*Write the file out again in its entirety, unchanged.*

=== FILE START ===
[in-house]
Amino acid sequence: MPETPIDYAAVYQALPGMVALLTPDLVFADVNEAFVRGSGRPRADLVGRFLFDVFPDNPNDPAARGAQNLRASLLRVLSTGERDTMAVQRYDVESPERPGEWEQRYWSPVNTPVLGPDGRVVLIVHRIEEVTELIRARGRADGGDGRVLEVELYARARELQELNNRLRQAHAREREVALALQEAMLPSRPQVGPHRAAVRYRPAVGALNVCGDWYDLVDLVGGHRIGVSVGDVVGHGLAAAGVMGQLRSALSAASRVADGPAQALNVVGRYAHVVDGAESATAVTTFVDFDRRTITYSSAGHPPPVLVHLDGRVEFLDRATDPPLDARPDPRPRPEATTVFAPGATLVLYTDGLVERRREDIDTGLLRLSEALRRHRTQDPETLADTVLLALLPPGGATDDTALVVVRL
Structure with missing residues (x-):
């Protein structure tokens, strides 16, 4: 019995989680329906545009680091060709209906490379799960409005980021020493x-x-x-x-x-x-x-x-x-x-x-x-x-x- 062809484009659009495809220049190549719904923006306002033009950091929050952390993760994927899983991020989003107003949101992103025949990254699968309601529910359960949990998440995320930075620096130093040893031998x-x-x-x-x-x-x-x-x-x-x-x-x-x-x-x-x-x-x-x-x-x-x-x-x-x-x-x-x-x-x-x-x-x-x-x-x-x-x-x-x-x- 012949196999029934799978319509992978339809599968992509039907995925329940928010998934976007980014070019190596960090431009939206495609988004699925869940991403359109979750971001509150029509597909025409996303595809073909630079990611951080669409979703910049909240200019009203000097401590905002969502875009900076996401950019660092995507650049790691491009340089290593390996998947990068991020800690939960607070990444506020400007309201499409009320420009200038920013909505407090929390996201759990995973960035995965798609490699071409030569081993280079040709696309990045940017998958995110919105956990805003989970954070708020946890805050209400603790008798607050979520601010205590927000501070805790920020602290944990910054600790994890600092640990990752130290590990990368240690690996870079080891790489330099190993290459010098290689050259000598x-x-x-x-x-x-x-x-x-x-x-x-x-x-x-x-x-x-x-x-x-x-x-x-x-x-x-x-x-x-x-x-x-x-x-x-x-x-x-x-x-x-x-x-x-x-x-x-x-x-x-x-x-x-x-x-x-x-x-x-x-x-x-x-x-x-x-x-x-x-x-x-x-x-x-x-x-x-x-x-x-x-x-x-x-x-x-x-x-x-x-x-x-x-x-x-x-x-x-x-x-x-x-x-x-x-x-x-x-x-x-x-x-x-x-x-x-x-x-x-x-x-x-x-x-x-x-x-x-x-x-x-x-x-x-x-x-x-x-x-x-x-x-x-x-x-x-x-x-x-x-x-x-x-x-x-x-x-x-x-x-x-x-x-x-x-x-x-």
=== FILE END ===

[in-house]
Amino acid sequence: MPETPIDYAAVYQALPGMVALLTPDLVFADVNEAFVRGSGRPRADLVGRFLFDVFPDNPNDPAARGAQNLRASLLRVLSTGERDTMAVQRYDVESPERPGEWEQRYWSPVNTPVLGPDGRVVLIVHRIEEVTELIRARGRADGGDGRVLEVELYARARELQELNNRLRQAHAREREVALALQEAMLPSRPQVGPHRAAVRYRPAVGALNVCGDWYDLVDLVGGHRIGVSVGDVVGHGLAAAGVMGQLRSALSAASRVADGPAQALNVVGRYAHVVDGAESATAVTTFVDFDRRTITYSSAGHPPPVLVHLDGRVEFLDRATDPPLDARPDPRPRPEATTVFAPGATLVLYTDGLVERRREDIDTGLLRLSEALRRHRTQDPETLADTVLLALLPPGGATDDTALVVVRL
Structure with missing residues (x-):
């Protein structure tokens, strides 16, 4: 019995989680329906545009680091060709209906490379799960409005980021020493x-x-x-x-x-x-x-x-x-x-x-x-x-x- 062809484009659009495809220049190549719904923006306002033009950091929050952390993760994927899983991020989003107003949101992103025949990254699968309601529910359960949990998440995320930075620096130093040893031998x-x-x-x-x-x-x-x-x-x-x-x-x-x-x-x-x-x-x-x-x-x-x-x-x-x-x-x-x-x-x-x-x-x-x-x-x-x-x-x-x-x- 012949196999029934799978319509992978339809599968992509039907995925329940928010998934976007980014070019190596960090431009939206495609988004699925869940991403359109979750971001509150029509597909025409996303595809073909630079990611951080669409979703910049909240200019009203000097401590905002969502875009900076996401950019660092995507650049790691491009340089290593390996998947990068991020800690939960607070990444506020400007309201499409009320420009200038920013909505407090929390996201759990995973960035995965798609490699071409030569081993280079040709696309990045940017998958995110919105956990805003989970954070708020946890805050209400603790008798607050979520601010205590927000501070805790920020602290944990910054600790994890600092640990990752130290590990990368240690690996870079080891790489330099190993290459010098290689050259000598x-x-x-x-x-x-x-x-x-x-x-x-x-x-x-x-x-x-x-x-x-x-x-x-x-x-x-x-x-x-x-x-x-x-x-x-x-x-x-x-x-x-x-x-x-x-x-x-x-x-x-x-x-x-x-x-x-x-x-x-x-x-x-x-x-x-x-x-x-x-x-x-x-x-x-x-x-x-x-x-x-x-x-x-x-x-x-x-x-x-x-x-x-x-x-x-x-x-x-x-x-x-x-x-x-x-x-x-x-x-x-x-x-x-x-x-x-x-x-x-x-x-x-x-x-x-x-x-x-x-x-x-x-x-x-x-x-x-x-x-x-x-x-x-x-x-x-x-x-x-x-x-x-x-x-x-x-x-x-x-x-x-x-x-x-x-x-x-």